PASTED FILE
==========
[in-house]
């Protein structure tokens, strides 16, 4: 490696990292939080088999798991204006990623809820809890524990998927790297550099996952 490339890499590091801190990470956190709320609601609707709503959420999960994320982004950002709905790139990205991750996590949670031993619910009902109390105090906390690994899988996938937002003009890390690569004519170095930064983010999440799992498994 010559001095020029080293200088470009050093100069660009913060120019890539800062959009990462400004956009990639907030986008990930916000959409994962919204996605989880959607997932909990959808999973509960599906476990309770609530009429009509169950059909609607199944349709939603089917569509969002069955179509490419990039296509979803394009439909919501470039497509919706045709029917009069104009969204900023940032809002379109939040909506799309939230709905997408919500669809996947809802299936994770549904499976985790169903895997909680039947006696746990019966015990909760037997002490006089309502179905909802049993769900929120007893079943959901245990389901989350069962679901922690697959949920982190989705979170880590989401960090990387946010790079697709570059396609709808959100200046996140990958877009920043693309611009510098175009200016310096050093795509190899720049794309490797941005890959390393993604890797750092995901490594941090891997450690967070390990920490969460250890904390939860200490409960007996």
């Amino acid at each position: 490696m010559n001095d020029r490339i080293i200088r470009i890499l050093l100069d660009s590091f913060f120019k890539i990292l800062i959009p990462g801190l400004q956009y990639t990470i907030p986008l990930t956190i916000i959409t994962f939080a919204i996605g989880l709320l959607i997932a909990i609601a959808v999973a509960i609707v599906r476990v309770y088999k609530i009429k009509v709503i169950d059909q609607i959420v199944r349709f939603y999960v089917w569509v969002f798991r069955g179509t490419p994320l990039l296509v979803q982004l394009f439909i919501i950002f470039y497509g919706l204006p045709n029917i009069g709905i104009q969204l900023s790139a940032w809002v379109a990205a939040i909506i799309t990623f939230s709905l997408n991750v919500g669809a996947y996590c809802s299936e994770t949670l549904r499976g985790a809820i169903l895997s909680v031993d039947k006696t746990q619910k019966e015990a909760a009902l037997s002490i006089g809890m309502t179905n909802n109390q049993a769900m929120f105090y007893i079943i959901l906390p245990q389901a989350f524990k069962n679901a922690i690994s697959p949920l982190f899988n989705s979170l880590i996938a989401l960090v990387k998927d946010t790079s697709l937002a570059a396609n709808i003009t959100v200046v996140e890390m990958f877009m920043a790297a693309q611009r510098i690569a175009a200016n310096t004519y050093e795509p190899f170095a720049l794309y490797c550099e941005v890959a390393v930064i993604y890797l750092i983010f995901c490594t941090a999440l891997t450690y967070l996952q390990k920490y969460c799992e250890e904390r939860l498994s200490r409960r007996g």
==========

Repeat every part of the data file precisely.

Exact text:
[in-house]
């Protein structure tokens, strides 16, 4: 490696990292939080088999798991204006990623809820809890524990998927790297550099996952 490339890499590091801190990470956190709320609601609707709503959420999960994320982004950002709905790139990205991750996590949670031993619910009902109390105090906390690994899988996938937002003009890390690569004519170095930064983010999440799992498994 010559001095020029080293200088470009050093100069660009913060120019890539800062959009990462400004956009990639907030986008990930916000959409994962919204996605989880959607997932909990959808999973509960599906476990309770609530009429009509169950059909609607199944349709939603089917569509969002069955179509490419990039296509979803394009439909919501470039497509919706045709029917009069104009969204900023940032809002379109939040909506799309939230709905997408919500669809996947809802299936994770549904499976985790169903895997909680039947006696746990019966015990909760037997002490006089309502179905909802049993769900929120007893079943959901245990389901989350069962679901922690697959949920982190989705979170880590989401960090990387946010790079697709570059396609709808959100200046996140990958877009920043693309611009510098175009200016310096050093795509190899720049794309490797941005890959390393993604890797750092995901490594941090891997450690967070390990920490969460250890904390939860200490409960007996």
């Amino acid at each position: 490696m010559n001095d020029r490339i080293i200088r470009i890499l050093l100069d660009s590091f913060f120019k890539i990292l800062i959009p990462g801190l400004q956009y990639t990470i907030p986008l990930t956190i916000i959409t994962f939080a919204i996605g989880l709320l959607i997932a909990i609601a959808v999973a509960i609707v599906r476990v309770y088999k609530i009429k009509v709503i169950d059909q609607i959420v199944r349709f939603y999960v089917w569509v969002f798991r069955g179509t490419p994320l990039l296509v979803q982004l394009f439909i919501i950002f470039y497509g919706l204006p045709n029917i009069g709905i104009q969204l900023s790139a940032w809002v379109a990205a939040i909506i799309t990623f939230s709905l997408n991750v919500g669809a996947y996590c809802s299936e994770t949670l549904r499976g985790a809820i169903l895997s909680v031993d039947k006696t746990q619910k019966e015990a909760a009902l037997s002490i006089g809890m309502t179905n909802n109390q049993a769900m929120f105090y007893i079943i959901l906390p245990q389901a989350f524990k069962n679901a922690i690994s697959p949920l982190f899988n989705s979170l880590i996938a989401l960090v990387k998927d946010t790079s697709l937002a570059a396609n709808i003009t959100v200046v996140e890390m990958f877009m920043a790297a693309q611009r510098i690569a175009a200016n310096t004519y050093e795509p190899f170095a720049l794309y490797c550099e941005v890959a390393v930064i993604y890797l750092i983010f995901c490594t941090a999440l891997t450690y967070l996952q390990k920490y969460c799992e250890e904390r939860l498994s200490r409960r007996g």